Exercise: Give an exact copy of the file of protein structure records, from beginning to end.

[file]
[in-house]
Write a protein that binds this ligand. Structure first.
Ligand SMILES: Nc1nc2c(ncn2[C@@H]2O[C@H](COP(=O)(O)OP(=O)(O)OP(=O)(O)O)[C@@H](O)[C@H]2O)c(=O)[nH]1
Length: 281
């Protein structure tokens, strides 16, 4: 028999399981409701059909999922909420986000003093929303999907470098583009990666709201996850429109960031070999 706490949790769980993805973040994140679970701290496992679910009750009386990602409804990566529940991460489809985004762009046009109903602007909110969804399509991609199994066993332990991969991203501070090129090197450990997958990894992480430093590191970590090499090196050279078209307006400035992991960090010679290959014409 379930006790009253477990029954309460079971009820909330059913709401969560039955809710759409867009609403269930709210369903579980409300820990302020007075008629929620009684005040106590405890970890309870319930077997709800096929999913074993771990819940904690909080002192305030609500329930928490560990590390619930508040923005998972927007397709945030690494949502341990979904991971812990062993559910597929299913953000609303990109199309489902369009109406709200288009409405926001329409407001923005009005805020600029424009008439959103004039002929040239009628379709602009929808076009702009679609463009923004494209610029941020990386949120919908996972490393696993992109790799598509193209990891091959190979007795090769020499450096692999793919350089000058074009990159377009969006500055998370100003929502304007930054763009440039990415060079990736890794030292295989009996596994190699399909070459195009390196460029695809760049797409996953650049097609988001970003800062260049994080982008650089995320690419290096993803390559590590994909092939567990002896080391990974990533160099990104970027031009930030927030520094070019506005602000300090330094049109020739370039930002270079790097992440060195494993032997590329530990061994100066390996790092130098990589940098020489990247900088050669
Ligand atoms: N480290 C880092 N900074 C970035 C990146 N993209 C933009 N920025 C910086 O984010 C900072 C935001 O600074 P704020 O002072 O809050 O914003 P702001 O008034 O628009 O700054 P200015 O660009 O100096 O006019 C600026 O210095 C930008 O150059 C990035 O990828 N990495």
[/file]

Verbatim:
[in-house]
Write a protein that binds this ligand. Structure first.
Ligand SMILES: Nc1nc2c(ncn2[C@@H]2O[C@H](COP(=O)(O)OP(=O)(O)OP(=O)(O)O)[C@@H](O)[C@H]2O)c(=O)[nH]1
Length: 281
């Protein structure tokens, strides 16, 4: 028999399981409701059909999922909420986000003093929303999907470098583009990666709201996850429109960031070999 706490949790769980993805973040994140679970701290496992679910009750009386990602409804990566529940991460489809985004762009046009109903602007909110969804399509991609199994066993332990991969991203501070090129090197450990997958990894992480430093590191970590090499090196050279078209307006400035992991960090010679290959014409 379930006790009253477990029954309460079971009820909330059913709401969560039955809710759409867009609403269930709210369903579980409300820990302020007075008629929620009684005040106590405890970890309870319930077997709800096929999913074993771990819940904690909080002192305030609500329930928490560990590390619930508040923005998972927007397709945030690494949502341990979904991971812990062993559910597929299913953000609303990109199309489902369009109406709200288009409405926001329409407001923005009005805020600029424009008439959103004039002929040239009628379709602009929808076009702009679609463009923004494209610029941020990386949120919908996972490393696993992109790799598509193209990891091959190979007795090769020499450096692999793919350089000058074009990159377009969006500055998370100003929502304007930054763009440039990415060079990736890794030292295989009996596994190699399909070459195009390196460029695809760049797409996953650049097609988001970003800062260049994080982008650089995320690419290096993803390559590590994909092939567990002896080391990974990533160099990104970027031009930030927030520094070019506005602000300090330094049109020739370039930002270079790097992440060195494993032997590329530990061994100066390996790092130098990589940098020489990247900088050669
Ligand atoms: N480290 C880092 N900074 C970035 C990146 N993209 C933009 N920025 C910086 O984010 C900072 C935001 O600074 P704020 O002072 O809050 O914003 P702001 O008034 O628009 O700054 P200015 O660009 O100096 O006019 C600026 O210095 C930008 O150059 C990035 O990828 N990495």